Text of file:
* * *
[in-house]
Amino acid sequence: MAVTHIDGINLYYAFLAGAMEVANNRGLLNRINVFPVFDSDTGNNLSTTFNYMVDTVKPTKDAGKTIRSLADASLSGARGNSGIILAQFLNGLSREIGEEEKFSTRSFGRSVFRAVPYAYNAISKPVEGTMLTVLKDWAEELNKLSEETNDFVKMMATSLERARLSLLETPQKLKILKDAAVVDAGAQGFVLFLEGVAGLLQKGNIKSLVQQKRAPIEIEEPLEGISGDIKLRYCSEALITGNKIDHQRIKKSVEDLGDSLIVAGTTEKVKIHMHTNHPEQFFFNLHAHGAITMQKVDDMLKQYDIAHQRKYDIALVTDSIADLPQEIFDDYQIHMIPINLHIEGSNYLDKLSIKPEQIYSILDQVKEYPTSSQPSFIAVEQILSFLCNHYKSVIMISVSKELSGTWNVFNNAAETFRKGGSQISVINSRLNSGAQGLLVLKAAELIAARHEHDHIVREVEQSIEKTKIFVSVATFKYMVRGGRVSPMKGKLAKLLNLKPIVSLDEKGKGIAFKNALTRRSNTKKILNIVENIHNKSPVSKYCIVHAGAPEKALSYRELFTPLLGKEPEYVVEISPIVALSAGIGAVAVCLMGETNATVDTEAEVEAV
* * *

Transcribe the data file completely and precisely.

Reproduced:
[in-house]
Amino acid sequence: MAVTHIDGINLYYAFLAGAMEVANNRGLLNRINVFPVFDSDTGNNLSTTFNYMVDTVKPTKDAGKTIRSLADASLSGARGNSGIILAQFLNGLSREIGEEEKFSTRSFGRSVFRAVPYAYNAISKPVEGTMLTVLKDWAEELNKLSEETNDFVKMMATSLERARLSLLETPQKLKILKDAAVVDAGAQGFVLFLEGVAGLLQKGNIKSLVQQKRAPIEIEEPLEGISGDIKLRYCSEALITGNKIDHQRIKKSVEDLGDSLIVAGTTEKVKIHMHTNHPEQFFFNLHAHGAITMQKVDDMLKQYDIAHQRKYDIALVTDSIADLPQEIFDDYQIHMIPINLHIEGSNYLDKLSIKPEQIYSILDQVKEYPTSSQPSFIAVEQILSFLCNHYKSVIMISVSKELSGTWNVFNNAAETFRKGGSQISVINSRLNSGAQGLLVLKAAELIAARHEHDHIVREVEQSIEKTKIFVSVATFKYMVRGGRVSPMKGKLAKLLNLKPIVSLDEKGKGIAFKNALTRRSNTKKILNIVENIHNKSPVSKYCIVHAGAPEKALSYRELFTPLLGKEPEYVVEISPIVALSAGIGAVAVCLMGETNATVDTEAEVEAV